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Old 22nd June 2012, 02:52 PM   #1
neoinc is offline neoinc  Singapore
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Default Coupling,decoupling,bypass...how do I differentiate?

Not sure if it is a dump qns, but i find the terms coupling, decoupling and bypass of capacitors confusing. How do I use the terms correctly and how to differentiate them from one another.
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Old 22nd June 2012, 03:07 PM   #2
sreten is offline sreten  United Kingdom
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Hi,

A coupling capacitor in in series with a signal and blocks DC, either a residual
DC offset of a signal nominally symmetrical around ground for bipolar power
supply rails or blocks half the voltage of single power rail to allow symmetry.

Decoupling capacitors generally go between the rails or from a circuit point
to one of the rails to smooth supply ripple at that point. They are not in
series with the signal.

Bypass caps can be used in both cases. Usually smaller higher quality
capacitors placed in parallel with bigger lower quality types, usually
to improve the high frequency performance of the capacitor.

rgds, sreten.
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Old 22nd June 2012, 03:20 PM   #3
DF96 is offline DF96  England
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Coupling, decoupling and bypass are broad terms. Useful when not pushed too far. Some components may combine these applications.

Generally, a coupling capacitor passes an AC signal from one stage to the next where, in the absence of that capacitor, there would otherwise be little coupling between them.

A decoupling capacitor does the opposite: it reduces an unwanted coupling between stages (typically via the supply rail). More generally, it reduces the signal voltage at a point (e.g. emitter decoupler).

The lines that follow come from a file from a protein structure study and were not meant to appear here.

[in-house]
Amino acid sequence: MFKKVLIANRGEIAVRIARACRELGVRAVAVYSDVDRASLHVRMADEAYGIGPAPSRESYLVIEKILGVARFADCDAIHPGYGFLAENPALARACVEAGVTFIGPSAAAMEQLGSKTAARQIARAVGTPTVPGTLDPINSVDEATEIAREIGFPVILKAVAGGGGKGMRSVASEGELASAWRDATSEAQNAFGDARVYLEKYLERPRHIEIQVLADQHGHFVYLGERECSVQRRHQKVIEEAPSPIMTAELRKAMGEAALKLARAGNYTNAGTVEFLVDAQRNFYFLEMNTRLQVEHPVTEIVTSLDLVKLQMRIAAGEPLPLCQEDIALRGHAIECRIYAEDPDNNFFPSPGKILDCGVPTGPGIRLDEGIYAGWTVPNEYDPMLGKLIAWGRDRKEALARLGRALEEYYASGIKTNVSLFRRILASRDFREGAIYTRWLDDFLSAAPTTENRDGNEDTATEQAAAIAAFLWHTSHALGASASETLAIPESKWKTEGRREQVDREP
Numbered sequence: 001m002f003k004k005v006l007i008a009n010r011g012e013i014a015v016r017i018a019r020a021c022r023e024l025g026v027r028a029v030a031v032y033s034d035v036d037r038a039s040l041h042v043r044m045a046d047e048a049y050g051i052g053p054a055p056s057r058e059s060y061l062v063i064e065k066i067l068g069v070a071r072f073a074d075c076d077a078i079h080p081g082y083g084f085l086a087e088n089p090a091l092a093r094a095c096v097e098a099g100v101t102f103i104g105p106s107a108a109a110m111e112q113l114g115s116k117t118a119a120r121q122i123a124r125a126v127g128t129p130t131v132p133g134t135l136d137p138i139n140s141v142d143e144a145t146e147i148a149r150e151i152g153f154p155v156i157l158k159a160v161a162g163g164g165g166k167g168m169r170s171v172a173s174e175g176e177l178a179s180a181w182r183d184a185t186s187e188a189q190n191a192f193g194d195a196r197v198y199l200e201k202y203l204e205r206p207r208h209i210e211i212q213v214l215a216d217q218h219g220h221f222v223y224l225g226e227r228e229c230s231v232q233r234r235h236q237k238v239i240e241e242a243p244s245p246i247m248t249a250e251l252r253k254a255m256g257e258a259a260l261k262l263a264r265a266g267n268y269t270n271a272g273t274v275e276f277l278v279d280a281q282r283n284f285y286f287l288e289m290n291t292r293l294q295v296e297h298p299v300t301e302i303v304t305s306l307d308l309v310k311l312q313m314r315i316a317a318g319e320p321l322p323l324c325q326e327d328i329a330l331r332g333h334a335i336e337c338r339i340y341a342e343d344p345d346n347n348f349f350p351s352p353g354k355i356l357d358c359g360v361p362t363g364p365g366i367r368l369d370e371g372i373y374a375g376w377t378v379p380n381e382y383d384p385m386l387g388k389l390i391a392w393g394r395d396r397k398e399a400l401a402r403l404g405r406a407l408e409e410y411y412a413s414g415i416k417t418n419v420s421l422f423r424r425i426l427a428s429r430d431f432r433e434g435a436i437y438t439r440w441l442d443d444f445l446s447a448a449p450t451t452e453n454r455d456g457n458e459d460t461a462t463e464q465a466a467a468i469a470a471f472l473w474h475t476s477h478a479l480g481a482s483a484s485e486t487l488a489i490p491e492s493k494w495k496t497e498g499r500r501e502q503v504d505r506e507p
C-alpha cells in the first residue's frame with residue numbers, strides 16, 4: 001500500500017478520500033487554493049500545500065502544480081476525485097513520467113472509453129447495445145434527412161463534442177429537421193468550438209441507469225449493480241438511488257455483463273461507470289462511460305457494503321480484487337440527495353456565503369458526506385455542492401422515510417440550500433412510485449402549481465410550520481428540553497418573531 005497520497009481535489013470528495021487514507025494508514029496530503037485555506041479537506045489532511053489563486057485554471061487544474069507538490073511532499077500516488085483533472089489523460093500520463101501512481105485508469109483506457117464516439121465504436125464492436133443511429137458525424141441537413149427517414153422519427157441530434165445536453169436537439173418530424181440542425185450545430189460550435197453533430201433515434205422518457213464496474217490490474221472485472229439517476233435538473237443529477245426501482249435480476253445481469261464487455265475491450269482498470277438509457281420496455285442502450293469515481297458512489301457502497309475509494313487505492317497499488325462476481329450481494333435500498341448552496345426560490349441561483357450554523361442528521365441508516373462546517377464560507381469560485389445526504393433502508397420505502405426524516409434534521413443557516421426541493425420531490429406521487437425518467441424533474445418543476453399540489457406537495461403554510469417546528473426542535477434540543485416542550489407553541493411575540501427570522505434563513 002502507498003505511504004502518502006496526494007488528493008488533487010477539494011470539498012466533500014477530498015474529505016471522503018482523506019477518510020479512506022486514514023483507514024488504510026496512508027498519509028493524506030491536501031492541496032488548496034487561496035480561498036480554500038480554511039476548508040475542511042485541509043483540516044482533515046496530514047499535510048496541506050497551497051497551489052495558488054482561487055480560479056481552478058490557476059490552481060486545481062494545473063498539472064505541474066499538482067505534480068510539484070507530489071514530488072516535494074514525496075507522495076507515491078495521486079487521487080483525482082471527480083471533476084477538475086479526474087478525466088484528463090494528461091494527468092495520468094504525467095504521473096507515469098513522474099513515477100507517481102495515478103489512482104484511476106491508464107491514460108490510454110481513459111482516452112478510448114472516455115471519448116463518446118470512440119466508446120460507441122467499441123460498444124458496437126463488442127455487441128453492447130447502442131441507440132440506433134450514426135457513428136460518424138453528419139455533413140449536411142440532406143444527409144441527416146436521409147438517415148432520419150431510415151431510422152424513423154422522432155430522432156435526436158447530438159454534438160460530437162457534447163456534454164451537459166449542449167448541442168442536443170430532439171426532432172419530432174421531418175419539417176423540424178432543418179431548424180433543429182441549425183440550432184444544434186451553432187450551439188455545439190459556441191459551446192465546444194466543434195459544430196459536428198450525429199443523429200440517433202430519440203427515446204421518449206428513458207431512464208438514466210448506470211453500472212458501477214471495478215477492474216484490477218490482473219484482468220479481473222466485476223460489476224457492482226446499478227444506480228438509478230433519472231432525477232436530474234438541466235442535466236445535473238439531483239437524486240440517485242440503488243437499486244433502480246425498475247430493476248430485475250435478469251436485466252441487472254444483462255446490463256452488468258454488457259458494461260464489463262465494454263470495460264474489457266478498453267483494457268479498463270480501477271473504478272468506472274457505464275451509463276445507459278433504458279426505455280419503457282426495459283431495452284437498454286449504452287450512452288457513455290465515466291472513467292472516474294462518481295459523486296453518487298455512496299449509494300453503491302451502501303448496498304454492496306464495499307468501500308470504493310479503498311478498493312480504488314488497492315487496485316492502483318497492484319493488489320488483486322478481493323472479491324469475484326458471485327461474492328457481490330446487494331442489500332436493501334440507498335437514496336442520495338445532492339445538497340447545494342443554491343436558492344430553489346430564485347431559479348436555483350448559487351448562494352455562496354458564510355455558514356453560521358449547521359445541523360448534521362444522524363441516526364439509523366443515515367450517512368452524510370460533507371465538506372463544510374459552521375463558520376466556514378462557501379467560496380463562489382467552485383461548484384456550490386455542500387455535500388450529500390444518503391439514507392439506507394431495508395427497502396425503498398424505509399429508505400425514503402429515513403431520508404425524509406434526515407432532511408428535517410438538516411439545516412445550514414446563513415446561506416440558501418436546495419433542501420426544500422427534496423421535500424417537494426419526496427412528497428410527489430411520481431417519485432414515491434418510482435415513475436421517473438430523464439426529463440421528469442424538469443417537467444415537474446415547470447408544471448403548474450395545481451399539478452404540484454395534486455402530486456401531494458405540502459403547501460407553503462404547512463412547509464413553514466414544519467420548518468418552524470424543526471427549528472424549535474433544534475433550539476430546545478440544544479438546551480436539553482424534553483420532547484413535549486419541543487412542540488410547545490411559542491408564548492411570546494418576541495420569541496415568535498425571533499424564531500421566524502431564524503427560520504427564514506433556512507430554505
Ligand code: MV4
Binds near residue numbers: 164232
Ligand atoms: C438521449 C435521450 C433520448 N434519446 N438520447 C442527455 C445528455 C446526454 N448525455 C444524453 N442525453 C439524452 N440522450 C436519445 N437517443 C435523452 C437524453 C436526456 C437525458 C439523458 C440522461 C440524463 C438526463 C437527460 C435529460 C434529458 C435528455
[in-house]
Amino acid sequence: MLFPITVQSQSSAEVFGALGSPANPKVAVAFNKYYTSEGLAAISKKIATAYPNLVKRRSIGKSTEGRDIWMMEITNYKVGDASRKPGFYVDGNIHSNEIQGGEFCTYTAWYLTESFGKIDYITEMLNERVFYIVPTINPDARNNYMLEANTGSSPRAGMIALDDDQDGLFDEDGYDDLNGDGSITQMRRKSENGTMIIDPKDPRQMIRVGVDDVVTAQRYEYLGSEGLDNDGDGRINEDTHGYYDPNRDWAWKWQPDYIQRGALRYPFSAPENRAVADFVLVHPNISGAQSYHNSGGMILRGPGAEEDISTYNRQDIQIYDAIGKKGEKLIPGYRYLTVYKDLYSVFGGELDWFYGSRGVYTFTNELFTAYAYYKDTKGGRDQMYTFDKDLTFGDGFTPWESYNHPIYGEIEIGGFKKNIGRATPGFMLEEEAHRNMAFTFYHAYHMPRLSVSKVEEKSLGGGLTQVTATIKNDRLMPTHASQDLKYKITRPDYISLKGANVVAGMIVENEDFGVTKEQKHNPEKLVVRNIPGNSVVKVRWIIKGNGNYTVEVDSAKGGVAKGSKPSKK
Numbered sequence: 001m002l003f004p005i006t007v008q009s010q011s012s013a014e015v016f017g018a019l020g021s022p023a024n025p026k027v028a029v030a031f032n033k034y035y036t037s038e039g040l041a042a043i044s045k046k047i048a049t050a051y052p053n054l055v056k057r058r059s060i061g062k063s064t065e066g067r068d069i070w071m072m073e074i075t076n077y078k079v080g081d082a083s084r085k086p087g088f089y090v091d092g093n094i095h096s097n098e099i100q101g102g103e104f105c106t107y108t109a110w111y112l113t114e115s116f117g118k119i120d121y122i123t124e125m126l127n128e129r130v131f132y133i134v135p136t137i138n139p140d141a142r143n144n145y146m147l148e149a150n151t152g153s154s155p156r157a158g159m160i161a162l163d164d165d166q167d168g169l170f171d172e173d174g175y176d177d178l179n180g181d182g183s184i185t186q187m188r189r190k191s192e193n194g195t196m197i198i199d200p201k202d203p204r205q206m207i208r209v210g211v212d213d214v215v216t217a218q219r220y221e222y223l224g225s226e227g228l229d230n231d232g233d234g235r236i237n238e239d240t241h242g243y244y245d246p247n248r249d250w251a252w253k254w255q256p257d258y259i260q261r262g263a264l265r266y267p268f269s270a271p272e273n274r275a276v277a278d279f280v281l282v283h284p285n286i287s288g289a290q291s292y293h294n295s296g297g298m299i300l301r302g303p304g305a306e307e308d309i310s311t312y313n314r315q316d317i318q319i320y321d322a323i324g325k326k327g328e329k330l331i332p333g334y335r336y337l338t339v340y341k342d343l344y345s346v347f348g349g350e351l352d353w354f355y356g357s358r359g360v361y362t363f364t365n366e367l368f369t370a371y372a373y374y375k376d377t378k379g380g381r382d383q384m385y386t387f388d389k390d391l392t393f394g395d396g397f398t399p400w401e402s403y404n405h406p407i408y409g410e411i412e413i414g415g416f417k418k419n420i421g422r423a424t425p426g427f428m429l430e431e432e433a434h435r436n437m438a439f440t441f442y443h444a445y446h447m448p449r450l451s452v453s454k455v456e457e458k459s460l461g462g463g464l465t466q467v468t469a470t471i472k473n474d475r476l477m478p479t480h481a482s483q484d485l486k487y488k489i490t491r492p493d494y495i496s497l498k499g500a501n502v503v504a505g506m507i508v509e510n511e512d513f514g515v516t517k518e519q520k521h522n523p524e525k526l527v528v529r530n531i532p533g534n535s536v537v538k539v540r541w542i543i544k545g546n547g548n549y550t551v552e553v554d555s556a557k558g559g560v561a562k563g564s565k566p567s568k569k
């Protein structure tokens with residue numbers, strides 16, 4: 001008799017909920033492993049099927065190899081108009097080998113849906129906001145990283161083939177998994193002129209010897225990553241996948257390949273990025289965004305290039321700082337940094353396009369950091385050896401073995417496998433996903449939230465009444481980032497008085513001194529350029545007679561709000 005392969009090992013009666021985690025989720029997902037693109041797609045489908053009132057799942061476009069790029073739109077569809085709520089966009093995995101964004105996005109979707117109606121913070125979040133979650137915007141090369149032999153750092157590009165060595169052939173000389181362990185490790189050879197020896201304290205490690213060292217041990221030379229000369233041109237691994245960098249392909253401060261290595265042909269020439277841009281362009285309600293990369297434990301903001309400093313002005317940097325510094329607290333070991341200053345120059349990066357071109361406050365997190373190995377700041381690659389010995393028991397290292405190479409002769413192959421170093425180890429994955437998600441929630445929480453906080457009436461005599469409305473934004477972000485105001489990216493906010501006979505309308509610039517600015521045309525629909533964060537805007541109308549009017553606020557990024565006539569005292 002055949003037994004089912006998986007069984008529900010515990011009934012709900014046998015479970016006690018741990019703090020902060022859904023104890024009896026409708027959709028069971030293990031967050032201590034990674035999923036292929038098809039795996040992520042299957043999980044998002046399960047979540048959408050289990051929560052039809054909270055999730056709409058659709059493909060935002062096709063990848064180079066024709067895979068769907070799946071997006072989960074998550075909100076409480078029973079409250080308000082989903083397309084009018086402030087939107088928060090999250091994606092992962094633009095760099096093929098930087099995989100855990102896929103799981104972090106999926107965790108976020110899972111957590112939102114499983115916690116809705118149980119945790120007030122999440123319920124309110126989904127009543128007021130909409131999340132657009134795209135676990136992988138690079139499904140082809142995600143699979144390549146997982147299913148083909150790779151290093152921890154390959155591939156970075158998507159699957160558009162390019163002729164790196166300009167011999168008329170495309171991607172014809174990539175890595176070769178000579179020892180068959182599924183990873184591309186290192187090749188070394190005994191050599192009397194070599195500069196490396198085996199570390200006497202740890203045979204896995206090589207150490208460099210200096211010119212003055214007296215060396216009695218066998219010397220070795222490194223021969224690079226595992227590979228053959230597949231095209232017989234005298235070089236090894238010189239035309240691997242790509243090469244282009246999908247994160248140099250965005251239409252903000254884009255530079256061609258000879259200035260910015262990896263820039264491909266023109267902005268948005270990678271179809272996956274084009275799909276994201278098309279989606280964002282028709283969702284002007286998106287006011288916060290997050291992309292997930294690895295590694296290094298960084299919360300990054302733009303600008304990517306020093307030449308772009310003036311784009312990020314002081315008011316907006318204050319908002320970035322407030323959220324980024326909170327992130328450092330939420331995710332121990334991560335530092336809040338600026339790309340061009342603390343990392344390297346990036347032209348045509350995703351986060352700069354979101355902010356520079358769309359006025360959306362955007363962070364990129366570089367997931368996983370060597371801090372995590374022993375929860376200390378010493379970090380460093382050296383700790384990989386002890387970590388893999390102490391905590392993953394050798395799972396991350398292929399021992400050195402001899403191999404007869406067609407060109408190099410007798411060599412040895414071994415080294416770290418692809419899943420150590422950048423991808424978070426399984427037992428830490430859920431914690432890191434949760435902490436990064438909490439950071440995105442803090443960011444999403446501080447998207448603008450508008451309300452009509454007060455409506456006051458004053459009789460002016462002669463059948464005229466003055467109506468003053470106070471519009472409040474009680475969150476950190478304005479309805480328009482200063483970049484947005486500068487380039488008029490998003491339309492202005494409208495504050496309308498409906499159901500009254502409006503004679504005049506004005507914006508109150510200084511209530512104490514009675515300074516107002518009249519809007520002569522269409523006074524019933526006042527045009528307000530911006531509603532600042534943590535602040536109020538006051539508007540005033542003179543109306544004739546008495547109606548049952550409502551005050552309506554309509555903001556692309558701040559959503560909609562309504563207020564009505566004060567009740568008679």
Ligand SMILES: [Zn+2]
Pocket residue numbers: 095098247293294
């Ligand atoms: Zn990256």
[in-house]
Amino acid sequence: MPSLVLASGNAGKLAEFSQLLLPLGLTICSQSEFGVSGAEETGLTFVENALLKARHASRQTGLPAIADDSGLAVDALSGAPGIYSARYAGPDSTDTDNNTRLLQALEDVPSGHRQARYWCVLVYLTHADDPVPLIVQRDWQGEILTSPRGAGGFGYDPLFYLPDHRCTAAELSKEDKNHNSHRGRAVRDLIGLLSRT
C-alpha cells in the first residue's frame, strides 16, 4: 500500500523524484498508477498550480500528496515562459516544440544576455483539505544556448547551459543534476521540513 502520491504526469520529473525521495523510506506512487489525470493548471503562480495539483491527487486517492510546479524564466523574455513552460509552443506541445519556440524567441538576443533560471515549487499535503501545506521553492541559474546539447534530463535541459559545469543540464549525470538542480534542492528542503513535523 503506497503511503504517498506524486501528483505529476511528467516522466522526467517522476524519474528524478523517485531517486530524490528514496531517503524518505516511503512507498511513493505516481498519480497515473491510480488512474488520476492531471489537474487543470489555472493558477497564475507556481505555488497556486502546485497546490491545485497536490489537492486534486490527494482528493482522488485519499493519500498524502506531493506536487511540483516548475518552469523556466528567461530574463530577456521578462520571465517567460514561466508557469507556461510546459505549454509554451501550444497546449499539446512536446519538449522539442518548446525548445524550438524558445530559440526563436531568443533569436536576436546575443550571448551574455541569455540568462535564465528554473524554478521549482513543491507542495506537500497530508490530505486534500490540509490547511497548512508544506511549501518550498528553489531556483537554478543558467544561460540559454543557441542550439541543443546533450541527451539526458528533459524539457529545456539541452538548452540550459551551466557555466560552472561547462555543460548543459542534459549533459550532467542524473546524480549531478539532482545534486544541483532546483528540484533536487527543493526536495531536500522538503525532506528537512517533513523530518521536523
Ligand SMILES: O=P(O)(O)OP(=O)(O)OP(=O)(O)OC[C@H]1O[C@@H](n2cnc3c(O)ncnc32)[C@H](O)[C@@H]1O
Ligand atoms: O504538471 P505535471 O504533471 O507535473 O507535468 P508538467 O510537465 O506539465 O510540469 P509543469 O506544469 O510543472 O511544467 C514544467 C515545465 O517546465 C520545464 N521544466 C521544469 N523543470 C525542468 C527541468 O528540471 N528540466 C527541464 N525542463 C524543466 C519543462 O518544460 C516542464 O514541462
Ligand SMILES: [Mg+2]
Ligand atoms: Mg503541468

A bypass cap offers a current an alternative route. Nowadays often used to describe a lowish value film cap placed in parallel with a larger value electrolytic, but also used to describe some decouplers (e.g. emitter bypass = emitter decoupler).

Don't worry too much about the names but instead think about the function of a particular cap in a particular circuit position. The names are useful when describing the circuit.
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Old 23rd June 2012, 06:26 AM   #4
neoinc is offline neoinc  Singapore
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Thank you Sreten and DF96, it is much clearer now. Once I heard a presenter said not to mix bypass and decouple function. Is he correct when making such statement?
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Old 23rd June 2012, 10:22 AM   #5
DF96 is offline DF96  England
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As 'bypass' and 'decouple' adjectives are sometimes used interchangeably I have no idea what he means. The modern usage of 'bypass' often involves adding an extra cap to a decoupling cap (which is essentially what a smoother is) so the two functions are inextricably linked. Can you remember an example he gave?
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Old 23rd June 2012, 02:59 PM   #6
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So what do you guys suggest a decoupling caps for an ic ???
Ceramic , tantalum, multi layer, or electrolyt caps ???
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Old 23rd June 2012, 03:22 PM   #7
DF96 is offline DF96  England
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Any IC, or one particular IC used for a particular purpose?
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Old 23rd June 2012, 03:33 PM   #8
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Let say one ic for a circuit
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Old 23rd June 2012, 03:38 PM   #9
DF96 is offline DF96  England
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Wow, you are really narrowing down the possibilities. I would say that one IC used for a circuit would probably need one or two decoupling caps per supply rail, probably using different dielectrics if two are used. Does that answer your question?
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Old 23rd June 2012, 03:42 PM   #10
neoinc is offline neoinc  Singapore
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The presentation was on EMI of PCB. He mentioned in his slide, "scattering bypass capacitors (not decoupling) throughout the PCB, will reduce overall PDN impedance and minimize plan bounce."

I started to wonder later after the presentation what is the different.
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